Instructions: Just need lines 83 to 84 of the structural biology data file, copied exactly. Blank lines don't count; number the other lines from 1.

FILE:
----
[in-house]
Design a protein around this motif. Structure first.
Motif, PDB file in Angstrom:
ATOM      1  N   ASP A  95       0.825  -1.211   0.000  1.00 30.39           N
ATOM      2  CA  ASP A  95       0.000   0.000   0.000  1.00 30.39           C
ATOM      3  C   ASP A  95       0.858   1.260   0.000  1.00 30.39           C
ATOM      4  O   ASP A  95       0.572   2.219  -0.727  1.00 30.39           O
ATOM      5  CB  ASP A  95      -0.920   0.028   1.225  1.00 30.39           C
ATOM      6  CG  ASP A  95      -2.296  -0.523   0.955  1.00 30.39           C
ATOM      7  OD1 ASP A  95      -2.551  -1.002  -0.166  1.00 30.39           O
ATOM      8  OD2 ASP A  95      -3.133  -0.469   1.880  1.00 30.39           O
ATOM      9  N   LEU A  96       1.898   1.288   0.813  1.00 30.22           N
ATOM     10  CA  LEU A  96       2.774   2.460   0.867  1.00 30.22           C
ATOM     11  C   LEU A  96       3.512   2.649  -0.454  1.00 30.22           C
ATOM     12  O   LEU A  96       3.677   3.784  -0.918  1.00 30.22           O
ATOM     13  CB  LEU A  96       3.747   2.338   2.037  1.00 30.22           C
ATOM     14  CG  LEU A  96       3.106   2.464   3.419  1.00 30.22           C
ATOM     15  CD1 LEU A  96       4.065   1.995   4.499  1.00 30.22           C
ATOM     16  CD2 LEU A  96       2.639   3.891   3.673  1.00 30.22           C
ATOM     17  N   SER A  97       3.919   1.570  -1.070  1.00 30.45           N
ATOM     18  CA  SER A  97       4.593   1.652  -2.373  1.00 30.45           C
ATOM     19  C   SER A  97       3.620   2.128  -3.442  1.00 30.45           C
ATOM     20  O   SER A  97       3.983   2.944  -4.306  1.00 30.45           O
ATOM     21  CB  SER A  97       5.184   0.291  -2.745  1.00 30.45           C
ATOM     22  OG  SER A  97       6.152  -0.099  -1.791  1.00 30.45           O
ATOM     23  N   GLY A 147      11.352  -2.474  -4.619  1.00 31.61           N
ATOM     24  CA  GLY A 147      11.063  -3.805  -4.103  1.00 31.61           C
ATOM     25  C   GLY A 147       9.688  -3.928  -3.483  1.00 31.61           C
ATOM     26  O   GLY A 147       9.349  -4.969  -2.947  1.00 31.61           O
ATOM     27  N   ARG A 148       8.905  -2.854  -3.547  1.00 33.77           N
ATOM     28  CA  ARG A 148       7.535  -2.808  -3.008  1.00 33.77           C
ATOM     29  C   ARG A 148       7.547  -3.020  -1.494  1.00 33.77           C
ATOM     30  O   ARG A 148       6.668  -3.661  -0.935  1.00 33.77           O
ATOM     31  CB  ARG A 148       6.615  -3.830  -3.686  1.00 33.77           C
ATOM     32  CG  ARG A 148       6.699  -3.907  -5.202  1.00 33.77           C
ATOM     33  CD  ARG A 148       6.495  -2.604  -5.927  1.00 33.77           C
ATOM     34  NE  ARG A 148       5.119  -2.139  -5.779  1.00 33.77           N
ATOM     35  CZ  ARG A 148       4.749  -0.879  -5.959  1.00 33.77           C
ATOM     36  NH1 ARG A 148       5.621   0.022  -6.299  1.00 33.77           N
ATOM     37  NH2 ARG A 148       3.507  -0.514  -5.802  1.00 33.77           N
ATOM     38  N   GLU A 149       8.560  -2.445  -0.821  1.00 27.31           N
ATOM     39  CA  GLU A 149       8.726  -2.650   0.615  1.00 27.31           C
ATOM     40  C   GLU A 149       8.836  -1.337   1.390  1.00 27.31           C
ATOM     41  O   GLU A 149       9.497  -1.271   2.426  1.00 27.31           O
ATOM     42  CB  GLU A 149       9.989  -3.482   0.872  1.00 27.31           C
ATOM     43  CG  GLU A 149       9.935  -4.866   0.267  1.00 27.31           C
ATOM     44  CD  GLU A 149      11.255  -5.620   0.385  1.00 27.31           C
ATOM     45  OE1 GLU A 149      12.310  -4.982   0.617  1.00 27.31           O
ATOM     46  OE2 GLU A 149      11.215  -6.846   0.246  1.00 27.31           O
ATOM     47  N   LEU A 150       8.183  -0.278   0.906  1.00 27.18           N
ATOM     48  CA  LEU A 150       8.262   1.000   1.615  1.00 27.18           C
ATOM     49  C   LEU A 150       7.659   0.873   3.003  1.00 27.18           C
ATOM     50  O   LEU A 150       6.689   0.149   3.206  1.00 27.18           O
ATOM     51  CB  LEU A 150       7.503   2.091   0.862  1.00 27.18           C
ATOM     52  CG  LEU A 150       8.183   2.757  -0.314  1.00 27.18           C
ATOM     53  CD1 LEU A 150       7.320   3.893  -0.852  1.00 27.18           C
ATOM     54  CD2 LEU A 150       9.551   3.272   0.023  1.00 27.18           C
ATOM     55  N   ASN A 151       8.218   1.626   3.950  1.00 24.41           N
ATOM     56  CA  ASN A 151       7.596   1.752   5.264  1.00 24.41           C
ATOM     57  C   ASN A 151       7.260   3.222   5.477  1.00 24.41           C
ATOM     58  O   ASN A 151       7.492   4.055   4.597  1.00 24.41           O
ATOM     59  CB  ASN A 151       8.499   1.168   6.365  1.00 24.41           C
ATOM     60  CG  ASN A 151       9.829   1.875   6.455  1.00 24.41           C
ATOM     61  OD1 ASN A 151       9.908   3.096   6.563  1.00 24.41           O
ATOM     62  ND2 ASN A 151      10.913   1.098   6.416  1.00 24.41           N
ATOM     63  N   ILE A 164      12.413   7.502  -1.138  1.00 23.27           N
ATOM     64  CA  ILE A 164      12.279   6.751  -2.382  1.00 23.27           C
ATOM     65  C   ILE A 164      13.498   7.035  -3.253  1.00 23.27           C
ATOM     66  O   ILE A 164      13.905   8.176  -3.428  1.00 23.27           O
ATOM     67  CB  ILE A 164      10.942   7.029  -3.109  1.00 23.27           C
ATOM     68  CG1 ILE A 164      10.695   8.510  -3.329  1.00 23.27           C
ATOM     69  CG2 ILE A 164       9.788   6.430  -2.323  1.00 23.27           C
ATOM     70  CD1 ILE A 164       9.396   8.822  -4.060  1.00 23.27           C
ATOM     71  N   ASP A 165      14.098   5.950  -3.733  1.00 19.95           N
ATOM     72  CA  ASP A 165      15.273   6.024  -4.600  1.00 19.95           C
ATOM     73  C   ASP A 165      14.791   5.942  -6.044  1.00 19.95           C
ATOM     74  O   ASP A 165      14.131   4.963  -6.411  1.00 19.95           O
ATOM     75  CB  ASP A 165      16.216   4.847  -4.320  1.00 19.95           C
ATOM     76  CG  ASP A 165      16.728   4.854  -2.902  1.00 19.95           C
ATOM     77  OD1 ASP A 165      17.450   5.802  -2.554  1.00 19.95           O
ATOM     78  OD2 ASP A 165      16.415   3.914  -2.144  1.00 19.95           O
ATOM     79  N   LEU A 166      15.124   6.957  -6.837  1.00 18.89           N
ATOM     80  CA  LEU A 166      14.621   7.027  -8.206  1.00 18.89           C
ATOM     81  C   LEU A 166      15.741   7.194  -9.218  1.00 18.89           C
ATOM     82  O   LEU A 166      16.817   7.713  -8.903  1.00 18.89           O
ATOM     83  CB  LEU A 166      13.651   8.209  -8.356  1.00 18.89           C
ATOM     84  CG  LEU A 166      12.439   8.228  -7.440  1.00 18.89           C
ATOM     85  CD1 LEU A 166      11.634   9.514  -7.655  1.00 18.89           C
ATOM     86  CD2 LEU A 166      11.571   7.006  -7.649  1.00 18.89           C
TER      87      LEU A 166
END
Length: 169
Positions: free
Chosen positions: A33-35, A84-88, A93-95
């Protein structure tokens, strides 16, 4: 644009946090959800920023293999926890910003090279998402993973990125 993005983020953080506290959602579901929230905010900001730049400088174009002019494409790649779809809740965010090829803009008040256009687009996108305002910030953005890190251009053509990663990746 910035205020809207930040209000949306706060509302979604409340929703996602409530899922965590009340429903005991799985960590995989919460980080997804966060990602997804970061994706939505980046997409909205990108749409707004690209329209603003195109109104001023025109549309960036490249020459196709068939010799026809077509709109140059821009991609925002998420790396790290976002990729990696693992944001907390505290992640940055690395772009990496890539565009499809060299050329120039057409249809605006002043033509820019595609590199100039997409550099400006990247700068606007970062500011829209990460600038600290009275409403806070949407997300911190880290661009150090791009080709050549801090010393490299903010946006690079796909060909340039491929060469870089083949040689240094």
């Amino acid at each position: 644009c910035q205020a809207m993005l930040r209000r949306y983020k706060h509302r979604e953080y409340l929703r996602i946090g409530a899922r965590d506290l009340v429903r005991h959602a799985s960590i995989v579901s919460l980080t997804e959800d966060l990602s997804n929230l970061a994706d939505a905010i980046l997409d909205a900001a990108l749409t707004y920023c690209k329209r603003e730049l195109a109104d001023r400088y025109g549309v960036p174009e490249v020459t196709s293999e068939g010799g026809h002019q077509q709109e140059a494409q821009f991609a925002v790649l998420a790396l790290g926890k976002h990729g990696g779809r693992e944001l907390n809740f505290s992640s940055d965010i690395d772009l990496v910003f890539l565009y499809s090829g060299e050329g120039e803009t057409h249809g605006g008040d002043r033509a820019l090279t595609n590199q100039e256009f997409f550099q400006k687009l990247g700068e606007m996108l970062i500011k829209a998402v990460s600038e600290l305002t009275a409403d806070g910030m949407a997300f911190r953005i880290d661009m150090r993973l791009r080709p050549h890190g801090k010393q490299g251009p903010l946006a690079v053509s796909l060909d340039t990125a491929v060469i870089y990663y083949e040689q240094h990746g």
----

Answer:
ATOM     80  CA  LEU A 166      14.621   7.027  -8.206  1.00 18.89           C
ATOM     81  C   LEU A 166      15.741   7.194  -9.218  1.00 18.89           C